However, this does come with some pros and cons. Firstly, as it is relatively quiet, much of the snow is untouched, so you have the chance to ski or board down some fresh snow. The accommodation is also much cheaper than other mainstream resorts. On the other hand, facilities are less equipped and have fewer multilingual services.
In addition, many of the ski resorts are small to medium-sized, so it might not be ideal for an extended stay. However, for those that like to experience something different than the mainstream, Iwate is a fantastic option! Not to mention it has fantastic onsens to warm up in!
Best ski areas in Iwate
Mt. Iwate is the tallest mountain in Iwate Prefecture (2,038 m) and is also ranked as one of japan’s 100 Most Beautiful Mountains. There are several ski resorts around Mt. Iwate, making it a fantastic area to experience different courses. To the north is Hachimantai Resort's Panorama Ski Area, which we recommend for beginners as there are plenty of gentle slopes and are uncrowded. The area sees great powder snow and has a high-speed quad chair lift, so you can get plenty of runs in!
Another option is Iwate Kogen Snow Park on the southern side of Mt. Iwate. Here, there are a couple of beginner slopes but also great options for intermediate and expert skiers and snowboarders. It has a good range of trees, and the fall line is consistent and has steep pitches. Closely are the Amihari Onsen Ski Resort and Shizukuishi Ski Resort, which we also recommend!
Hachimantai is a small city located on the northwest side of Iwate, right on the border with Akita Prefecture. The city is far removed from the major areas, so you can enjoy some of the rustic hot springs, beautiful volcanic landscapes, and the slopes of Mt. Hachimantai.
There are several ski resorts around the east side of the mountain, one of which is Hachimantai Resort Shimokura Area. Here, the snow quality is excellent, with light and powdery snow, making it ideal for all skiers and snowboarders. The resort is also quite unknown to foreigners, so there is less competition for the powder.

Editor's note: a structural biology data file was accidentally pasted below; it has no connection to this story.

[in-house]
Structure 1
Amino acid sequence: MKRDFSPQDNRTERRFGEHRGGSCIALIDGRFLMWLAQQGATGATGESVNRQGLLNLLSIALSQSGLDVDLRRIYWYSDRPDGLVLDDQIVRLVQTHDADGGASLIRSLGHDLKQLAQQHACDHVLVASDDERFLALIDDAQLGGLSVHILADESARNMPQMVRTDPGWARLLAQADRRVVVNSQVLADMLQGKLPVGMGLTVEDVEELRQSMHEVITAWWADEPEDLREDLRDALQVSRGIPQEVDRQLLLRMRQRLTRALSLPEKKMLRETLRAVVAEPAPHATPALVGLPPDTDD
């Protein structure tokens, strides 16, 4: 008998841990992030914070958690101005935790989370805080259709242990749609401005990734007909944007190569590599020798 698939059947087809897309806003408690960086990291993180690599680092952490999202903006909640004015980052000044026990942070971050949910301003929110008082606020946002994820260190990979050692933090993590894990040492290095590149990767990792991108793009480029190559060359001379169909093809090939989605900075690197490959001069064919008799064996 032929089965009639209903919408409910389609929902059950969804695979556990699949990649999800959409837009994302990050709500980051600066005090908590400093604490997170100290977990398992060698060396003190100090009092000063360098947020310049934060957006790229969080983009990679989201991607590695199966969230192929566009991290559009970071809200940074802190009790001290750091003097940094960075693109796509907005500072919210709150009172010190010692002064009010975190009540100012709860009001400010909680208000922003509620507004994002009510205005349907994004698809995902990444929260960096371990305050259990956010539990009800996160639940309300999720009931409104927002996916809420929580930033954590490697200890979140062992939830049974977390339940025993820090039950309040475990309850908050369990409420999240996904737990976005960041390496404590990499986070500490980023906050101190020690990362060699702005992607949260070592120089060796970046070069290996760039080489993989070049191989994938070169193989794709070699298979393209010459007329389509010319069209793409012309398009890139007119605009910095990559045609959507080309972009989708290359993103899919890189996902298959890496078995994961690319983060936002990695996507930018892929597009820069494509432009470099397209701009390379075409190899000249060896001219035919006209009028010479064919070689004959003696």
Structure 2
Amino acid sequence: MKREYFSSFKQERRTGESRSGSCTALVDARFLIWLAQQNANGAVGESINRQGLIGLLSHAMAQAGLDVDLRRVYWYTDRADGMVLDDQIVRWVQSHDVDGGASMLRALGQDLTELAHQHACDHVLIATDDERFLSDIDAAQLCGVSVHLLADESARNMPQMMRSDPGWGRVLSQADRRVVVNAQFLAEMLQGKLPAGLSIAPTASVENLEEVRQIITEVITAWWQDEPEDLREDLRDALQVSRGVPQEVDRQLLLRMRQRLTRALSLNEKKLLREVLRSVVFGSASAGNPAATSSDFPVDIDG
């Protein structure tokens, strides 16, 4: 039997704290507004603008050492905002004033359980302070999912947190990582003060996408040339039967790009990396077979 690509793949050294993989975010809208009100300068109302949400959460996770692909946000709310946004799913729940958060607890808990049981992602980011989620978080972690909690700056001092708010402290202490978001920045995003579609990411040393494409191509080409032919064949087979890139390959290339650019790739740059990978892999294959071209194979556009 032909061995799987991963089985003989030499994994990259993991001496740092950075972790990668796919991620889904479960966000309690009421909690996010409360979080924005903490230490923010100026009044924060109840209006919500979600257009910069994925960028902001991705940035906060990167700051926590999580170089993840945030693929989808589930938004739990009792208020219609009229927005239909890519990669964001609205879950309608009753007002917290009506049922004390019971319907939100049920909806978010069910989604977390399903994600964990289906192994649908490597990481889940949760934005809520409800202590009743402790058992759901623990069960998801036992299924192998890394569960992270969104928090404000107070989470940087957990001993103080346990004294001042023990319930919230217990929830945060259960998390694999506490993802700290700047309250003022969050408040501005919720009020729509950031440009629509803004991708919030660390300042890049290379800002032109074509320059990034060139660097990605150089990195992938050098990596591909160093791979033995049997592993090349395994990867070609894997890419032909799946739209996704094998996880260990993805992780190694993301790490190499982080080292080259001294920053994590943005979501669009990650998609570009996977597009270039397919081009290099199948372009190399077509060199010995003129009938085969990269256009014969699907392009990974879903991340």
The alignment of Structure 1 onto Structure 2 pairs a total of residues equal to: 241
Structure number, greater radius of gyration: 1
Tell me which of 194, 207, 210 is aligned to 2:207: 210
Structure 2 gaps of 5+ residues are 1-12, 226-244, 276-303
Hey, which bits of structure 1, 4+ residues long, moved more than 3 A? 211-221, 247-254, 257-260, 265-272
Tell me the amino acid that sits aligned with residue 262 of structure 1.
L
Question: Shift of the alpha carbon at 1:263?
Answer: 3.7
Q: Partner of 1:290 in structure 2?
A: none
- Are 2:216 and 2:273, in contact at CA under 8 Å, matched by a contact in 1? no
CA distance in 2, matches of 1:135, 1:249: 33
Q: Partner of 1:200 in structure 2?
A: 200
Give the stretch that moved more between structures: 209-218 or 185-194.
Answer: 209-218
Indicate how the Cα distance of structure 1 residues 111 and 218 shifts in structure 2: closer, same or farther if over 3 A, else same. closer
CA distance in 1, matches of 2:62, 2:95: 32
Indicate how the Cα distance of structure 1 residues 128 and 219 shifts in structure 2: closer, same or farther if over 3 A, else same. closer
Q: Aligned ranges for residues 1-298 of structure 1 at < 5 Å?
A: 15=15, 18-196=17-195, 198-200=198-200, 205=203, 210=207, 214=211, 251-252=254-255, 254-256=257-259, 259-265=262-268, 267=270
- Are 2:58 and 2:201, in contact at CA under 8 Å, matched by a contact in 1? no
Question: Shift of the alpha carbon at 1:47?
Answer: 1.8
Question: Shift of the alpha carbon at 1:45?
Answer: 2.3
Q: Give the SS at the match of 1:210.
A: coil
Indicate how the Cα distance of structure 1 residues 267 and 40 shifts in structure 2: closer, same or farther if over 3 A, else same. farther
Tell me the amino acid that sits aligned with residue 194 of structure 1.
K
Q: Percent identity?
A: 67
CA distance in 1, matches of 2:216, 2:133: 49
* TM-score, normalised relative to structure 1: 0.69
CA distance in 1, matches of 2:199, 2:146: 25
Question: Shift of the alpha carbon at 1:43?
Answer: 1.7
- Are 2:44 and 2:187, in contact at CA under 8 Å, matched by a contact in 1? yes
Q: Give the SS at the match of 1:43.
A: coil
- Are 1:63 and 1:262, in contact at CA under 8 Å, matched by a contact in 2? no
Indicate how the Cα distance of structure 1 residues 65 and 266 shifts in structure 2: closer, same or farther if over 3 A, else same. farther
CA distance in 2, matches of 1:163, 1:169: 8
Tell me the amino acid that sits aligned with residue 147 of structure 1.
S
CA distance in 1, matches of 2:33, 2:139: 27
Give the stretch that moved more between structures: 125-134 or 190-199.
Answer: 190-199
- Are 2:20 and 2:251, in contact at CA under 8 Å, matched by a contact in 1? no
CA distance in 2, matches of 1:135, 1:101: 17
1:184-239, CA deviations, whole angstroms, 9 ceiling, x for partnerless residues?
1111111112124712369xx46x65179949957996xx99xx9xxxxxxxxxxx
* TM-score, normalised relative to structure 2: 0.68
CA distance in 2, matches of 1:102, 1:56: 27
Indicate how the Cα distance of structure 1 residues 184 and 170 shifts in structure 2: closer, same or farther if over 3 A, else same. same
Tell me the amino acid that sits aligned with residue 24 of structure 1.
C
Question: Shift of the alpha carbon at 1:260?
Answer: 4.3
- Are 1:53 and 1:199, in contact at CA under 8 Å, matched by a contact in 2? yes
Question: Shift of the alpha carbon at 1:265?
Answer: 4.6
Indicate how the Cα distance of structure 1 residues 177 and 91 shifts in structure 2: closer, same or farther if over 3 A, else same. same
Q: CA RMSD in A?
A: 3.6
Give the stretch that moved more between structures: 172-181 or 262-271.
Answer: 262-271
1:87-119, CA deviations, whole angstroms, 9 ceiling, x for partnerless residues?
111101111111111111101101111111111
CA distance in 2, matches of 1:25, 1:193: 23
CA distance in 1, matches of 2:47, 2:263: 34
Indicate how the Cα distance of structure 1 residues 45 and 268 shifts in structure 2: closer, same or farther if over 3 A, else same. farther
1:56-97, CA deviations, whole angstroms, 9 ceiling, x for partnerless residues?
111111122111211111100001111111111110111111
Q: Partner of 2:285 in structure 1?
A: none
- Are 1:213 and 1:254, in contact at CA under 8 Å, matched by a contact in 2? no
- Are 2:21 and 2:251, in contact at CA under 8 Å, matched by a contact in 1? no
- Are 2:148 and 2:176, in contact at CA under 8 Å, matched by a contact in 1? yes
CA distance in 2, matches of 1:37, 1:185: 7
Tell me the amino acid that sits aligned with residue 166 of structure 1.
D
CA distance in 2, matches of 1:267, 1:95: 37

The resort is also connected to the Hachimantai Resort Panorama Ski Area by a 10-minute shuttle bus, and both can be enjoyed using a common lift ticket. After a day on the slopes, the area also has fantastic onsen options to relax and refresh yourself for your next day! Whilst it is hard to access (a car will most definitely be necessary), Hachimantai is one of our top recommendations in Iwate!
Kitakami is located in central Iwate and has a unique cultural heritage. The city has a long tradition of performing arts, so you can enjoy many different festivals and dances throughout the year. Not to mention that there is also one of Tohoku’s most popular ski resorts, Geto Kogen Resort. It has 14 courses with state-of-the-art ski lifts and gondolas.
There is a plentiful mix of beginner, intermediate and advanced courses, as well as fantastic off-piste areas for the powder hounds out there. For such a well-developed resort, it is also relatively quiet, so you can enjoy a lot of the powder snow to yourself. Saying this, the terrain is rather small, so a one or two-day trip is more than enough. The area is a powder magnet with around 15 meters of snow falling each season!
Other popular ski resorts around Japan
Our recommended area above is primarily in northern Japan. However, there are still plenty of ski resorts in the west and south of Japan! These are just a few of our top picks.
Tochigi - Hunter Mountain Shiobara
Hunter Mountain Shiobara is a ski area located on the northwest side of Mt. Takahara. Hunter Mountain has a six-person 2,418 m gondola, two quad lifts and three-pair lifts.
It is best suited for intermediate skiers and snowboarders, but there are also plenty of areas for beginners and advanced. Just being a little over two hours away from Tokyo, it is one of the best resorts in the region!
Shiga - Hakodateyama Ski Resort
The cities of Kansai rarely get a lot of snowfall, so to find a ski resort, you’ll have to go high up into the mountains. Many ski resorts often use artificial snow; however, at Hakodateyama Ski Resort, you can enjoy beautiful natural snow.
The resort has varied courses from beginner to advanced, and the use of snow machines means that the resort opens as early as December! From the slopes, you can enjoy picturesque views over Lake Biwa!
Via Live Japan